from The American Heritage® Dictionary of the English Language, 5th Edition.
- noun A chief of a Native American tribe or confederation, especially an Algonquian chief.
- noun A member of the ruling council of the Iroquois confederacy.
- noun A high official of the Tammany Society, a political organization in New York City.
from The Century Dictionary.
- noun A chief among some tribes of American Indians; a sagamore.
- noun One of a body of high officials in the Tammany Society of New York city. The sachems proper number twelve, and the head of the society is styled grand sachem.
- noun An American hesperiid butterfly, Hylephila campestris, which occurs throughout the eastern two thirds of the United States. Its larvæ feed on grasses. It was formerly known under the specific name of huron, which probably gave rise to the popular name of sachem.
from the GNU version of the Collaborative International Dictionary of English.
- noun A chief of a tribe of the American Indians; a sagamore.
from Wiktionary, Creative Commons Attribution/Share-Alike License.
- noun A chief of a tribe of the American Natives; a
from WordNet 3.0 Copyright 2006 by Princeton University. All rights reserved.
- noun a chief of a North American tribe or confederation (especially an Algonquian chief)
- noun a political leader (especially of Tammany Hall)
from The American Heritage® Dictionary of the English Language, 4th Edition
from Wiktionary, Creative Commons Attribution/Share-Alike License
The civil head of a clan was a "sachem"; the military heads were "chiefs."
Its official head was the "sachem," whose functions were of a civil nature.
Mr. Morgan (in his "League of the Iroquois," page 68,) states that to the last-named chief, or "sachem," the duty of watching the door was assigned, and that "they gave him a sub-sachem, or assistant, to enable him to execute this trust."
All the while, the Wampanoag, including their "sachem," or leader, Massasoit, were observing these sickly looking visitors, frail from hunger and disease, knowing they could wipe them out with one fell swoop.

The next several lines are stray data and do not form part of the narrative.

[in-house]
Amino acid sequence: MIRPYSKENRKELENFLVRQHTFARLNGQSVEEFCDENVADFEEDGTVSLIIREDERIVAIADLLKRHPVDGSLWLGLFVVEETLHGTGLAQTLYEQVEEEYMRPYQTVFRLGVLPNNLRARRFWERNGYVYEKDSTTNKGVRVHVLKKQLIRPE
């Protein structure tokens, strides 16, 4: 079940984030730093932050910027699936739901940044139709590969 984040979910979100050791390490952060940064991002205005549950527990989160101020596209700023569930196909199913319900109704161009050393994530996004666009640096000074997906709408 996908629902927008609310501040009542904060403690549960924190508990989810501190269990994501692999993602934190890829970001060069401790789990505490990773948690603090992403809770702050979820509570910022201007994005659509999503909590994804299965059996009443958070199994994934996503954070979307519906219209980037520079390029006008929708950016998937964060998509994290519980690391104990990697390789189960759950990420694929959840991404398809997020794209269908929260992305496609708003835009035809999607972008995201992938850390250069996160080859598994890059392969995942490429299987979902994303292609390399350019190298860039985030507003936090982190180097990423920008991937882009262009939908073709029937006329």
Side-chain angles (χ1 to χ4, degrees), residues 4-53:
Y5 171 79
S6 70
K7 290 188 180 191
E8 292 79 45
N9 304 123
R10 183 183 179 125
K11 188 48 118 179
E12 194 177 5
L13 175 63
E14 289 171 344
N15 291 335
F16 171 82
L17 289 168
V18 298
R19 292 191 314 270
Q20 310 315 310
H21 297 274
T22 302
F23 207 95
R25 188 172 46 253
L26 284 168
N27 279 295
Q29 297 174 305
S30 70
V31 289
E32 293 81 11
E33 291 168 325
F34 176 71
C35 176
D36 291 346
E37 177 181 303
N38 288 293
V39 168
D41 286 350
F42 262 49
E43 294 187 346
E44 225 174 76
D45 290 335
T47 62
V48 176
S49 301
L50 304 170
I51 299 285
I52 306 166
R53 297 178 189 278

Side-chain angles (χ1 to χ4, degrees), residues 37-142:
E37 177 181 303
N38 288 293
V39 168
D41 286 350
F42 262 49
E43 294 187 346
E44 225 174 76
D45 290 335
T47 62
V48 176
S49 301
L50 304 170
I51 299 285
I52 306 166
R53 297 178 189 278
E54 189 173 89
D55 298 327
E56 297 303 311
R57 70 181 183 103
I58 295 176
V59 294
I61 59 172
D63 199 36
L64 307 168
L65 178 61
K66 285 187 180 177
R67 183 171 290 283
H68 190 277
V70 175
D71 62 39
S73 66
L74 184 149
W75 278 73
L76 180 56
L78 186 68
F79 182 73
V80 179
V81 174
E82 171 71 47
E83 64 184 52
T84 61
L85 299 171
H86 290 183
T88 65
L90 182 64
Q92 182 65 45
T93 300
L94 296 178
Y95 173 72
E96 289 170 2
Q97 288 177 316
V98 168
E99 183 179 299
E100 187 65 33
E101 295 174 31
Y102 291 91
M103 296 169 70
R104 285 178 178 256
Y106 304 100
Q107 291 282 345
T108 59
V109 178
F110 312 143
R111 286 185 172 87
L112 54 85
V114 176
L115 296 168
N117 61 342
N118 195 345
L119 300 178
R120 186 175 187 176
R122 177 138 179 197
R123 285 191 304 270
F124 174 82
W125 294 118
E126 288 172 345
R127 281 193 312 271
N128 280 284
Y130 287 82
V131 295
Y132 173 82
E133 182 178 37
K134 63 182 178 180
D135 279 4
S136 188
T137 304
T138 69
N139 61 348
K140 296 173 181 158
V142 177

"Ah! Yuagh!" called the sachem, and two young men stepped forward, toe on the line, glanced each at a framed picture, drew up an arm, and, "Whut-t-t t-e-e-p," whined two knives that flittered through the light and struck quivering, one with its cool kiss on McElroy's cheek, the other just in the edge of the slab at De Courtenay's shoulder.
That Algonquin word "sachem," so seldom used, so difficult of pronunciation by the Iroquois, was never employed to designate a councilor in council; there they used the title, Roy-a-neh, and to that title had I answered the belt of the Iroquois, in the name of Kayanehenh-Kowa, the Great Peace.
Finally, this celebrated sachem, Longboard, held a secret council among the captives, and instructed them all to take arms and advance with the British Indians, and use their influence to lead them to a place where they might be captured, and they with the rest, which they successfully effected, and were re-captured by the Americans.
Some sachem would sadly sketch the smiling scenes of health and happiness in the days before the pale-face came to wrest from the Indians their land, the gift of the Great Spirit.
As the little squadron from Communipaw drew near to the shores of Manna-hata, a sachem at the head of a band of warriors appeared to oppose their landing.
A Seneca sachem of the highest class, he was born at the Indian village of Ga-no-wau-ges, near Avon, about the year 1735, and died at Onondaga in 1815, where he happened to be on one of his pastoral visits.